The Saab (formerly Ericsson Microwave Systems AB) Giraffe Radar is a family of land and naval two- or three-dimensional G/H-band (4 to 8 GHz) passive electronically scanned array radar-based surveillance and air defense command and control systems tailored for operations with medium- and Short Range Air Defense (SHORAD) missile or gun systems or for use as gap-fillers in a larger air defense system. The radar gets its name from the distinctive folding mast which when deployed allows the radar to see over nearby terrain features such as trees, extending its effective range against low-level air targets. The first systems were produced in 1977. By 2007, some 450 units of all types are reported as having been delivered.
Giraffe is a family of G/H (formerly C-band) frequency agile, low to medium altitude pulse doppler air search radars and combat control centers which can be used in mobile or static short to medium range air defense applications. Giraffe is designed to detect low-altitude, low cross-section aircraft targets in conditions of severe clutter and electronic countermeasures. When equipped as an air-defense command center Giraffe provides an air picture to each firing battery using man portable radio communication.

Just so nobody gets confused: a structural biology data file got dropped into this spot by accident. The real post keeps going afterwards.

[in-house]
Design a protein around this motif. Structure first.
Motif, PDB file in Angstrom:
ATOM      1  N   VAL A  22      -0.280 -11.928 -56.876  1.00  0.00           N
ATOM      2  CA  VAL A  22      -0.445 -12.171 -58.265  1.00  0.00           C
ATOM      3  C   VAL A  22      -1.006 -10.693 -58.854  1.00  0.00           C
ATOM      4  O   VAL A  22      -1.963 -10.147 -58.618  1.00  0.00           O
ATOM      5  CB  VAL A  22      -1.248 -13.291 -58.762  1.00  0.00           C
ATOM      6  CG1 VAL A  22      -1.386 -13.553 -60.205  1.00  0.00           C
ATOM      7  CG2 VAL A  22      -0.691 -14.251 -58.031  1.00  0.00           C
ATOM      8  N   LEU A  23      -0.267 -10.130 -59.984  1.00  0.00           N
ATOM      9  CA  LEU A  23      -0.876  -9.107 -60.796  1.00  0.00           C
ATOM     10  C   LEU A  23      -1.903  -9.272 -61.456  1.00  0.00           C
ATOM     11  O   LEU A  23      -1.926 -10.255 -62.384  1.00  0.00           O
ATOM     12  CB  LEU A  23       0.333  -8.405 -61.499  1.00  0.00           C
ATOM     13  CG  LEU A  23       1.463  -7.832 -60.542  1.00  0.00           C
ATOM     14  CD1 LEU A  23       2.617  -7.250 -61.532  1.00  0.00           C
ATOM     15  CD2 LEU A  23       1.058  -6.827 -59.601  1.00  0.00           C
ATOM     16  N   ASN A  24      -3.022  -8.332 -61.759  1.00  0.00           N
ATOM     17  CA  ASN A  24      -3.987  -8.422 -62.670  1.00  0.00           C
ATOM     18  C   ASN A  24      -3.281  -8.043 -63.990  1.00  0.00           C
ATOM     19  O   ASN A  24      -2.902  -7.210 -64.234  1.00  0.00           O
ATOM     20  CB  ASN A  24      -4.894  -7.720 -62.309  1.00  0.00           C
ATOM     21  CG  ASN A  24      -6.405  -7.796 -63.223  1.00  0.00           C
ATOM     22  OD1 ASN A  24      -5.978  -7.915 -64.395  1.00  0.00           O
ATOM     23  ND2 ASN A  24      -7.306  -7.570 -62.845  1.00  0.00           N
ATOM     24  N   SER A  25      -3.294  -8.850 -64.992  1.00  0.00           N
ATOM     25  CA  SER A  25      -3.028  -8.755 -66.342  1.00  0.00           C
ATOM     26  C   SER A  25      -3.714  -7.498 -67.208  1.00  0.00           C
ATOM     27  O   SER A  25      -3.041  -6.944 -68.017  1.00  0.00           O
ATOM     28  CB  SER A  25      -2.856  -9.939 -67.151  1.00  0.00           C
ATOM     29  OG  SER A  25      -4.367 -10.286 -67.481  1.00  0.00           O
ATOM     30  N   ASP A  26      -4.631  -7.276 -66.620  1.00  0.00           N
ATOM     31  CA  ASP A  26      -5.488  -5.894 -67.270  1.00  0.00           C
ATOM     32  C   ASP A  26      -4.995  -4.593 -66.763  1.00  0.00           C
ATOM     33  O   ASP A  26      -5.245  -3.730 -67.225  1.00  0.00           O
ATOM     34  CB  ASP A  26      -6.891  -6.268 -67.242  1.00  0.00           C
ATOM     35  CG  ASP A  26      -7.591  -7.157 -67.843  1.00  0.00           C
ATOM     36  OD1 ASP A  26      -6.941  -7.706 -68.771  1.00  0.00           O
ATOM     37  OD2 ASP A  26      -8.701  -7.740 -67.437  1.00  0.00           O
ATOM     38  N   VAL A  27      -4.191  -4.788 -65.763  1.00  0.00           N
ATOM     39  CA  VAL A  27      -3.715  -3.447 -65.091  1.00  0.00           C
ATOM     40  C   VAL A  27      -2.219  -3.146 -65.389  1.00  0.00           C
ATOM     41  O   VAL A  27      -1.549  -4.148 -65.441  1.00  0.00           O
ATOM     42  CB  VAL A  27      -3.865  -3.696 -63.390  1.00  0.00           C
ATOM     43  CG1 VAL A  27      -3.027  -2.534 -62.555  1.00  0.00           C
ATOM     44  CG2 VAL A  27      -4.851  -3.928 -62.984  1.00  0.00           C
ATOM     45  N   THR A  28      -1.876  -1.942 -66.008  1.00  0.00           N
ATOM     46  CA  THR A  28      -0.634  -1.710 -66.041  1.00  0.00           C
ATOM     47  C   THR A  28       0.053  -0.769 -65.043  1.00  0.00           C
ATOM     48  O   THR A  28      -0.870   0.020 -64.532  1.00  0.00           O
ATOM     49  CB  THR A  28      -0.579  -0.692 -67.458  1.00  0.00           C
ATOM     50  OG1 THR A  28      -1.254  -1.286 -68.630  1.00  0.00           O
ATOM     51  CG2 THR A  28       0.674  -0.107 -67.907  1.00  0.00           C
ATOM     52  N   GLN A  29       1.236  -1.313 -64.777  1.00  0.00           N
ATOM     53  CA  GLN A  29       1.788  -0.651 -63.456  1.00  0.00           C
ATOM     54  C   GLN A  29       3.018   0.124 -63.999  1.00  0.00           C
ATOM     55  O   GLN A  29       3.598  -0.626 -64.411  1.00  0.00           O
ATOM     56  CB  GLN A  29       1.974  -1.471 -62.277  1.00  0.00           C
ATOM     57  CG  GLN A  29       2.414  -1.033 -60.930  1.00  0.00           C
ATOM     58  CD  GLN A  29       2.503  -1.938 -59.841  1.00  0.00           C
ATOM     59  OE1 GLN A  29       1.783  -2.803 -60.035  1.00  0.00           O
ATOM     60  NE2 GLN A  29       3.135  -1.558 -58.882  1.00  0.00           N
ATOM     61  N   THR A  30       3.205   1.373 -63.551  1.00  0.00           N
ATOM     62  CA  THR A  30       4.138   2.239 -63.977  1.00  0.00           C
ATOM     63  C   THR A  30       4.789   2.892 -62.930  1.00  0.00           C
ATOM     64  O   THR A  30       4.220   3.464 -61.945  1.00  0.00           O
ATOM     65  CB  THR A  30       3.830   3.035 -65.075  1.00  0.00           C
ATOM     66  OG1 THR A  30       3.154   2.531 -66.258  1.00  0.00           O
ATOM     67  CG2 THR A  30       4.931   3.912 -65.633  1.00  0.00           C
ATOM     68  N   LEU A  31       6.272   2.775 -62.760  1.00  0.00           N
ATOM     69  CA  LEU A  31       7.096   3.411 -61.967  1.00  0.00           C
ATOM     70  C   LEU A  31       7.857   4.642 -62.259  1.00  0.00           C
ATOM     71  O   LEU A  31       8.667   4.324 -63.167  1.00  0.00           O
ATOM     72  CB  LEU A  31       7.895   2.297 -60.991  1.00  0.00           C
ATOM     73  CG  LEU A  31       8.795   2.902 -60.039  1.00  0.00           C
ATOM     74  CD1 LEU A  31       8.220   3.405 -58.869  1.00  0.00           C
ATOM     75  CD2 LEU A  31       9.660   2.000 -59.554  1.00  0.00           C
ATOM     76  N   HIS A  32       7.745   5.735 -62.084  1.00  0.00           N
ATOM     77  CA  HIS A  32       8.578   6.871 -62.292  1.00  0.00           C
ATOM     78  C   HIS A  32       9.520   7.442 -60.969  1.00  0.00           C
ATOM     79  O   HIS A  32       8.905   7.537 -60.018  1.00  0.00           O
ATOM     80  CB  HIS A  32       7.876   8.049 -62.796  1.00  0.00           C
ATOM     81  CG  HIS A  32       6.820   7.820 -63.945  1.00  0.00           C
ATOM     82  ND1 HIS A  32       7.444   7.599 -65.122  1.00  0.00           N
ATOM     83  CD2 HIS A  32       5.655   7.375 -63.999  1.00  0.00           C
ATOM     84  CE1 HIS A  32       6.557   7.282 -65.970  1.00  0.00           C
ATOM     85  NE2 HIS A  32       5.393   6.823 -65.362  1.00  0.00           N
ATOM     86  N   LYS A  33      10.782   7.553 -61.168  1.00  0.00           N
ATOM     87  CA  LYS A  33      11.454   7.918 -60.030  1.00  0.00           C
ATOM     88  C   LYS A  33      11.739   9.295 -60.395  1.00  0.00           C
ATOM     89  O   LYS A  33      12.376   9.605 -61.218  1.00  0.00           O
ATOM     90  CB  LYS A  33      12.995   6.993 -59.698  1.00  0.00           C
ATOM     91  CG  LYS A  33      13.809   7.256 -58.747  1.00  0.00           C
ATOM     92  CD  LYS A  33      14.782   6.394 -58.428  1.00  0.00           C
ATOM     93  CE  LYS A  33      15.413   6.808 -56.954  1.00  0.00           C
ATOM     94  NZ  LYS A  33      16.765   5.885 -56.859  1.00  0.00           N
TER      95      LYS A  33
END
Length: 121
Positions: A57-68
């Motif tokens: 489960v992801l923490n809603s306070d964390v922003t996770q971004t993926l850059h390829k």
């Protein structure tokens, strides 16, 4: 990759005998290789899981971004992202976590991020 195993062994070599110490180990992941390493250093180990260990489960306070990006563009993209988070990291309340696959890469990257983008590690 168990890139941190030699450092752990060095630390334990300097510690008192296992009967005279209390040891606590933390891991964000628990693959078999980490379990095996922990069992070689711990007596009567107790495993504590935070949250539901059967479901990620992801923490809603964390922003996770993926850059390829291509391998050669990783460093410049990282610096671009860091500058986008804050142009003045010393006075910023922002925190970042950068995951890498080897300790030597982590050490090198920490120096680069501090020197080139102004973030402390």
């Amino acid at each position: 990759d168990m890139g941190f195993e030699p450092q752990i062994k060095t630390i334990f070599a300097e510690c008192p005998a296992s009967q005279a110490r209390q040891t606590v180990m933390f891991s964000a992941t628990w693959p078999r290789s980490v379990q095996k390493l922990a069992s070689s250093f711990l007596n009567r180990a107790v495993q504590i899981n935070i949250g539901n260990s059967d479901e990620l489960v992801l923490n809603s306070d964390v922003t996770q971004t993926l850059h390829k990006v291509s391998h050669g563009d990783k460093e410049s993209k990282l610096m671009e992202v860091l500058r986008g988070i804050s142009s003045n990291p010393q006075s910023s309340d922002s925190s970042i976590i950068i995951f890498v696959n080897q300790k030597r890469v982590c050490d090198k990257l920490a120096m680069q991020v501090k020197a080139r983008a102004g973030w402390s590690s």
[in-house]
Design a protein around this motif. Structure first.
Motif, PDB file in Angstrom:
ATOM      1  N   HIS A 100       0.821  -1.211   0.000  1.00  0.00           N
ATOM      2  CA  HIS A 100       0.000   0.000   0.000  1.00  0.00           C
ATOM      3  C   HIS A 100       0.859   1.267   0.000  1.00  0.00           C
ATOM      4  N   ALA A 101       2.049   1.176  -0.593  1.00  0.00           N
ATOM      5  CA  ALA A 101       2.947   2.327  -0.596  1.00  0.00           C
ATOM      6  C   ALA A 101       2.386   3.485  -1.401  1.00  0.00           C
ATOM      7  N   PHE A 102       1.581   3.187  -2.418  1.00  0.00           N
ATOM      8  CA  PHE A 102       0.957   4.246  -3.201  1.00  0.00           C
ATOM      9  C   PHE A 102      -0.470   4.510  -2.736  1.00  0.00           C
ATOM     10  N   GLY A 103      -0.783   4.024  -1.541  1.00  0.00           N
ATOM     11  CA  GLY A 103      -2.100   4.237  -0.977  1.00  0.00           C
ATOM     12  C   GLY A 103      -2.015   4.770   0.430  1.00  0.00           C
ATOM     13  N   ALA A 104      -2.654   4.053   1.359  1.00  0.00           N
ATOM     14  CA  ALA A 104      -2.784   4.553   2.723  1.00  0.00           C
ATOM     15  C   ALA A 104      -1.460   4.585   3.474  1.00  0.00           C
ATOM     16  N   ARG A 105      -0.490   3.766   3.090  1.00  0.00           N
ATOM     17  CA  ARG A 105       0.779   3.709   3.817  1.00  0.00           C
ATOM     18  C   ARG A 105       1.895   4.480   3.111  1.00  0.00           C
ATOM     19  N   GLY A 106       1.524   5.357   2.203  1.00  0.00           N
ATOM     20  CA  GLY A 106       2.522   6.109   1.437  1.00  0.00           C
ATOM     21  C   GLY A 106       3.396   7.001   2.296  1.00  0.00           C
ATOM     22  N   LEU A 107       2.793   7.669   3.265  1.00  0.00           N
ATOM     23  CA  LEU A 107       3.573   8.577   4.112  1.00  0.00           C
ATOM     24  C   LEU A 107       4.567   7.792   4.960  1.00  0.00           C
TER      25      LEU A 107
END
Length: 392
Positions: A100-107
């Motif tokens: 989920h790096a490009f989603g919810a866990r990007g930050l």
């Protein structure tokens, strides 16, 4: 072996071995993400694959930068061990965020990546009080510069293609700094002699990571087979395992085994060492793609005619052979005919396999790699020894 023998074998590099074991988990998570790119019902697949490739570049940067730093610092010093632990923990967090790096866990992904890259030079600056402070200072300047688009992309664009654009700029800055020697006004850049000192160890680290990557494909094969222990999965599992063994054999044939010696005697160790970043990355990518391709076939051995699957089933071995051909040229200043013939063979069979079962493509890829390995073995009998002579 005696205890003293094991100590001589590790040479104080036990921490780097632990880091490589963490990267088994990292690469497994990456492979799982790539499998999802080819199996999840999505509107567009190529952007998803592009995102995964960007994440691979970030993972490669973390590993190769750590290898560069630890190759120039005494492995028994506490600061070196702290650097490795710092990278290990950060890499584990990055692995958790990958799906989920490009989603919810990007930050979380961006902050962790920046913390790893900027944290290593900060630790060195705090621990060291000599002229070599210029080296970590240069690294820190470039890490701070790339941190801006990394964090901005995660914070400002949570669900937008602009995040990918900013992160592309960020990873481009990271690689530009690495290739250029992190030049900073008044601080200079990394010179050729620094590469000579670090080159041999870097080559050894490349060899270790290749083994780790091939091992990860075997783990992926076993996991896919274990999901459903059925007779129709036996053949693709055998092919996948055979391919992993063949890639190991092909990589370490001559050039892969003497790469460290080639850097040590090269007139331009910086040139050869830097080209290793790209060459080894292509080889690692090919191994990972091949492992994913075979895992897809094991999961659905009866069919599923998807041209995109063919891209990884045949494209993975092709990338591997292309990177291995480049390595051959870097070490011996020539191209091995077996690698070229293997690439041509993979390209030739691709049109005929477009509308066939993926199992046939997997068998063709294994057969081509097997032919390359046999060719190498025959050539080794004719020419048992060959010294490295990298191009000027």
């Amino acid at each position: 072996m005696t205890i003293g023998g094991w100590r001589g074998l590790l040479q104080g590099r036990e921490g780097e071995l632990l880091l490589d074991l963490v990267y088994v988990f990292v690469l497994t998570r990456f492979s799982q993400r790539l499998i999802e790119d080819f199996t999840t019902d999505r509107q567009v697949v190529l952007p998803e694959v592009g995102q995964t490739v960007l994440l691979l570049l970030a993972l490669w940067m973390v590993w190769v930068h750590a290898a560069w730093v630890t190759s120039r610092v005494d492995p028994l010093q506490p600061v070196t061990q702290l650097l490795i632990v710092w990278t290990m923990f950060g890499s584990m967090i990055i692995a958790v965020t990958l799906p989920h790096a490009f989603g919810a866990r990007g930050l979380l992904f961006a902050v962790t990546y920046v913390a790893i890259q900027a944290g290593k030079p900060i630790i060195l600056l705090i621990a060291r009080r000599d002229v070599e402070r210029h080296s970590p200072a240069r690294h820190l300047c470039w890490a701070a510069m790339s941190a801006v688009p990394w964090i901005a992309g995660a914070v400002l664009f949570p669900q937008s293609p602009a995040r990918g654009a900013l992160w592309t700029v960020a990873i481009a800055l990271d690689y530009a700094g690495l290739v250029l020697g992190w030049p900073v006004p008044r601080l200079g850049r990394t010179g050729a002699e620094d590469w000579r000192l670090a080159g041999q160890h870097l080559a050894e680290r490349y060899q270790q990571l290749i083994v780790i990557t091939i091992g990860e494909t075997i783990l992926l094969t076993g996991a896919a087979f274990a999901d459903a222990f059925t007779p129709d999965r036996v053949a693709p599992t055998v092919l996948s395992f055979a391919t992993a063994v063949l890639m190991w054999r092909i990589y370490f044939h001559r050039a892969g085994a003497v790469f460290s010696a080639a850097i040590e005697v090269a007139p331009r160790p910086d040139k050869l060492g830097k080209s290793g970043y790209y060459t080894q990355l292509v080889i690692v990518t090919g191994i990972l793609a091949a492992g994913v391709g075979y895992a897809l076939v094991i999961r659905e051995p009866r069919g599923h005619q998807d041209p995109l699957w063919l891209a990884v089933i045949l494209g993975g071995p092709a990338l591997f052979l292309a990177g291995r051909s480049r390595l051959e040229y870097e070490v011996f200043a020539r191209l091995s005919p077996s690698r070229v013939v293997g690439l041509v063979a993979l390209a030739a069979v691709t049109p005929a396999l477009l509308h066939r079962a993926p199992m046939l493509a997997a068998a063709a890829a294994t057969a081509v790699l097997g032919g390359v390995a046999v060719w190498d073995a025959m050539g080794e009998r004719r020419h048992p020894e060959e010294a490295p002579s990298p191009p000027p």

Giraffe uses Agile Multi-Beam (AMB), which includes an integrated Command, control and communication (C3) system. This enables Giraffe to act as the command and control center in an air defense system, it can also be integrated into a sensor net for greater coverage. It is normally housed in a single 6m long shelter mounted on an all-terrain vehicle for high mobility. Additionally the shelter can be augmented with Nuclear, Biological and Chemical protection and light layers of armor to protect against small arms and fragmentation threats.